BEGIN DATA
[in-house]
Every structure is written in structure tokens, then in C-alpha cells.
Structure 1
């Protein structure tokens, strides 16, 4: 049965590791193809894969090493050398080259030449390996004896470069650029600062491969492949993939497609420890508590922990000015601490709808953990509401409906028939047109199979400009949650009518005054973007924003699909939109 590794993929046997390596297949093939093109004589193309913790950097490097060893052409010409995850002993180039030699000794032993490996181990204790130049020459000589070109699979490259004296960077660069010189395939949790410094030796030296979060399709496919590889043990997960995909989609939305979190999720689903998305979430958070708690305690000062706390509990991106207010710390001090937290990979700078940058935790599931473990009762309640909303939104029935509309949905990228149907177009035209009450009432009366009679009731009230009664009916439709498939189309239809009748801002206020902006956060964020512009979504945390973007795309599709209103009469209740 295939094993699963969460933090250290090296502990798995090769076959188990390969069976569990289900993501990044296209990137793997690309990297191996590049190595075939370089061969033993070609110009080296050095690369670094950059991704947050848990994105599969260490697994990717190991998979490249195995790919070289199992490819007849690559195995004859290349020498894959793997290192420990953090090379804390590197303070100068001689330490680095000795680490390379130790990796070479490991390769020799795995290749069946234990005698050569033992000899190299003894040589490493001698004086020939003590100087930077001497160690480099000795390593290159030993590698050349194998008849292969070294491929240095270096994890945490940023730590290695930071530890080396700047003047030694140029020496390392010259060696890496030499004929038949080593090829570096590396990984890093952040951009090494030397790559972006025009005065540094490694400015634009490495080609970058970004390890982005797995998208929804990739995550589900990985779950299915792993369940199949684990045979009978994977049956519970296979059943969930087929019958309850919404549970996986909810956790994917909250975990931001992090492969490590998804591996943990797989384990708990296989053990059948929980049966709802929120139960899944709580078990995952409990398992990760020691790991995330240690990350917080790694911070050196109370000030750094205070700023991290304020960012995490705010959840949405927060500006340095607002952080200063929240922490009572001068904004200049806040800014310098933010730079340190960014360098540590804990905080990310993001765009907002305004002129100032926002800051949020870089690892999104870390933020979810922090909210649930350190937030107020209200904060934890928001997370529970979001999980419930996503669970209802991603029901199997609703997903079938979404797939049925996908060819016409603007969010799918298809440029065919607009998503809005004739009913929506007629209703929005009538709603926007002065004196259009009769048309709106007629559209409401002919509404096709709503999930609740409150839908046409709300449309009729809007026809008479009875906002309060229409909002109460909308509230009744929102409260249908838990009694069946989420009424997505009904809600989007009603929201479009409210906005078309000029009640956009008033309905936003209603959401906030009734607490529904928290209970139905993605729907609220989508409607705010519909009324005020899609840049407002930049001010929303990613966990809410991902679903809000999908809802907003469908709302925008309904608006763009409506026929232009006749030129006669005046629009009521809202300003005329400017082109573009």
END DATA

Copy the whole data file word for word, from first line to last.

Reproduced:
[in-house]
Every structure is written in structure tokens, then in C-alpha cells.
Structure 1
């Protein structure tokens, strides 16, 4: 049965590791193809894969090493050398080259030449390996004896470069650029600062491969492949993939497609420890508590922990000015601490709808953990509401409906028939047109199979400009949650009518005054973007924003699909939109 590794993929046997390596297949093939093109004589193309913790950097490097060893052409010409995850002993180039030699000794032993490996181990204790130049020459000589070109699979490259004296960077660069010189395939949790410094030796030296979060399709496919590889043990997960995909989609939305979190999720689903998305979430958070708690305690000062706390509990991106207010710390001090937290990979700078940058935790599931473990009762309640909303939104029935509309949905990228149907177009035209009450009432009366009679009731009230009664009916439709498939189309239809009748801002206020902006956060964020512009979504945390973007795309599709209103009469209740 295939094993699963969460933090250290090296502990798995090769076959188990390969069976569990289900993501990044296209990137793997690309990297191996590049190595075939370089061969033993070609110009080296050095690369670094950059991704947050848990994105599969260490697994990717190991998979490249195995790919070289199992490819007849690559195995004859290349020498894959793997290192420990953090090379804390590197303070100068001689330490680095000795680490390379130790990796070479490991390769020799795995290749069946234990005698050569033992000899190299003894040589490493001698004086020939003590100087930077001497160690480099000795390593290159030993590698050349194998008849292969070294491929240095270096994890945490940023730590290695930071530890080396700047003047030694140029020496390392010259060696890496030499004929038949080593090829570096590396990984890093952040951009090494030397790559972006025009005065540094490694400015634009490495080609970058970004390890982005797995998208929804990739995550589900990985779950299915792993369940199949684990045979009978994977049956519970296979059943969930087929019958309850919404549970996986909810956790994917909250975990931001992090492969490590998804591996943990797989384990708990296989053990059948929980049966709802929120139960899944709580078990995952409990398992990760020691790991995330240690990350917080790694911070050196109370000030750094205070700023991290304020960012995490705010959840949405927060500006340095607002952080200063929240922490009572001068904004200049806040800014310098933010730079340190960014360098540590804990905080990310993001765009907002305004002129100032926002800051949020870089690892999104870390933020979810922090909210649930350190937030107020209200904060934890928001997370529970979001999980419930996503669970209802991603029901199997609703997903079938979404797939049925996908060819016409603007969010799918298809440029065919607009998503809005004739009913929506007629209703929005009538709603926007002065004196259009009769048309709106007629559209409401002919509404096709709503999930609740409150839908046409709300449309009729809007026809008479009875906002309060229409909002109460909308509230009744929102409260249908838990009694069946989420009424997505009904809600989007009603929201479009409210906005078309000029009640956009008033309905936003209603959401906030009734607490529904928290209970139905993605729907609220989508409607705010519909009324005020899609840049407002930049001010929303990613966990809410991902679903809000999908809802907003469908709302925008309904608006763009409506026929232009006749030129006669005046629009009521809202300003005329400017082109573009």